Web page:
There’s something deeply joyful and human about moving our bodies to music. So when my friend, Rod Hugen, wrote me about the first time his sister Ruth danced, I wanted to share the video and story. Ruth composed the music. Her daughter Rebekah choreographed the dance, and a kind gentleman made it possible for Ruth not just to watch and listen but to participate fully. It's a lovely expression not just of music and dance, but of hospitality, human creativity, and the joy of giving priceless gifts to one another. I have permission from Rod and Ruth share this here. The link to the video is below. Here's the story in Rod's words:
My sister Ruth has cerebral palsy. She is a fabulous musician and wrote a piece of music she calls "Dance with Me." Her daughter, Rebekah, enjoys contradance and choreographed a waltz to the music her mother wrote. A traveling dance band called Ladies at Play arranged it for dance and have been playing it as part of their repertoire in their travels.
Rebekah realized that Ladies at Play would be playing at several locales near where my sister lives; so she arranged to fly home and invited my sister to come to a dance to watch Rebekah's choreography and hear the music she had written performed live. At the dance, a gentleman came up to Ruth and asked her to waltz. Ruth explained she was not able to dance and was extremely unsteady on her feet. The gentleman said that having talked to Rebekah, he knew of her difficulties and that he would be glad to help as much or as little as she needed if she would like to try to dance to the beautiful music she had written.
Ruth, who has longed to dance all her life, finally accepted his offer and told him she would be hanging on to him for dear life. She confessed that was afraid and embarrassed that she wasn't very graceful and would probably fall if he let go. He pointed out that he was wearing a knee brace and was not graceful either but promised to help her and keep her from falling. As this video shows, he and my niece helped Ruth do something she's always longed to do, but was sure she would never do. (Ruth is wearing a black top and print skirt, and her dance partner is wearing a purple t-shirt and white shorts.)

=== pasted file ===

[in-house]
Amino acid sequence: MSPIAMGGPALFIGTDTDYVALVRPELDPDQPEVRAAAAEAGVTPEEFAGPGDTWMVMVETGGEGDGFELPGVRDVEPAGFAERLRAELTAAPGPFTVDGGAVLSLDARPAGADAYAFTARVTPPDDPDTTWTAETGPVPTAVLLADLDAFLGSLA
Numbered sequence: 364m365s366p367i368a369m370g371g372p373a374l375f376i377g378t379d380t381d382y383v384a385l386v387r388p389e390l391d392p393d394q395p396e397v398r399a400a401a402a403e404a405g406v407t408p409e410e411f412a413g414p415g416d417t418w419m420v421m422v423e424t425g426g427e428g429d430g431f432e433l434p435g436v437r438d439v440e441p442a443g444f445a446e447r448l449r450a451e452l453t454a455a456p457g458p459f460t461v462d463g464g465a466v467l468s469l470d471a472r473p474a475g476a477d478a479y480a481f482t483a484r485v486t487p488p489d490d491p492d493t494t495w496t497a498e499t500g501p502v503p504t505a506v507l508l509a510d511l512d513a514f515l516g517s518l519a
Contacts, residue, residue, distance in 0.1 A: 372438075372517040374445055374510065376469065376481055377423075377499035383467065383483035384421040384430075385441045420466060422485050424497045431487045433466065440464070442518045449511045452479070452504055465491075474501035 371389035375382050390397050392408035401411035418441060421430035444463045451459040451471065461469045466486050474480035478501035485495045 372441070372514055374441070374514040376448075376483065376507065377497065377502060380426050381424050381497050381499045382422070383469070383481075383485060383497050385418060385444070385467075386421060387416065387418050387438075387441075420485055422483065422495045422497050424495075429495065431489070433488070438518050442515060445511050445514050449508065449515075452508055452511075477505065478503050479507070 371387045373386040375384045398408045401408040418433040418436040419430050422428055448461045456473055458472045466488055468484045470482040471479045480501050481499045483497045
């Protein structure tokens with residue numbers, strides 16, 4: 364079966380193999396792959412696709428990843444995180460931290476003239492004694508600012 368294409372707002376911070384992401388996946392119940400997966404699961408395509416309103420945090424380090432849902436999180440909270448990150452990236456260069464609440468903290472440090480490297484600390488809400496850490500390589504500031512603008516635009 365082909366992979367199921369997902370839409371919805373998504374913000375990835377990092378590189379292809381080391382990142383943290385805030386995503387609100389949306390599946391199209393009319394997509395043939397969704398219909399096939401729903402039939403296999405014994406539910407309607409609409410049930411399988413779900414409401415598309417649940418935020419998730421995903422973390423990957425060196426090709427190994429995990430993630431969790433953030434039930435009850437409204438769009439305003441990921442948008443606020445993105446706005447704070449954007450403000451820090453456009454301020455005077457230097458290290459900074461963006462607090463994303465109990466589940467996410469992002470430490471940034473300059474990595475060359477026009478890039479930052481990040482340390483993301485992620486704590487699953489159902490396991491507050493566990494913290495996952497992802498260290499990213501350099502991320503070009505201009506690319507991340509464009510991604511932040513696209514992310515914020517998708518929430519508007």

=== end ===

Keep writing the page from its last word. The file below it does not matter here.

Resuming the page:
After the dance the kind gentleman wept and told her how sad he was that someone who wrote such a beautiful waltz was embarrassed to dance to it and how glad he was that she had accepted his offer. He told her that some people can write beautiful music, others can arrange the music, others can choreograph wonderful dances to it, while others are skilled musicians who can play it on a variety of instruments, so that dancers can move in wonderful patterns and all together enjoy an evening of celebrating beautiful things.
In watching this, I was reminded of the work of Disability Concerns inviting churches to include everyone into participation in the life of the church.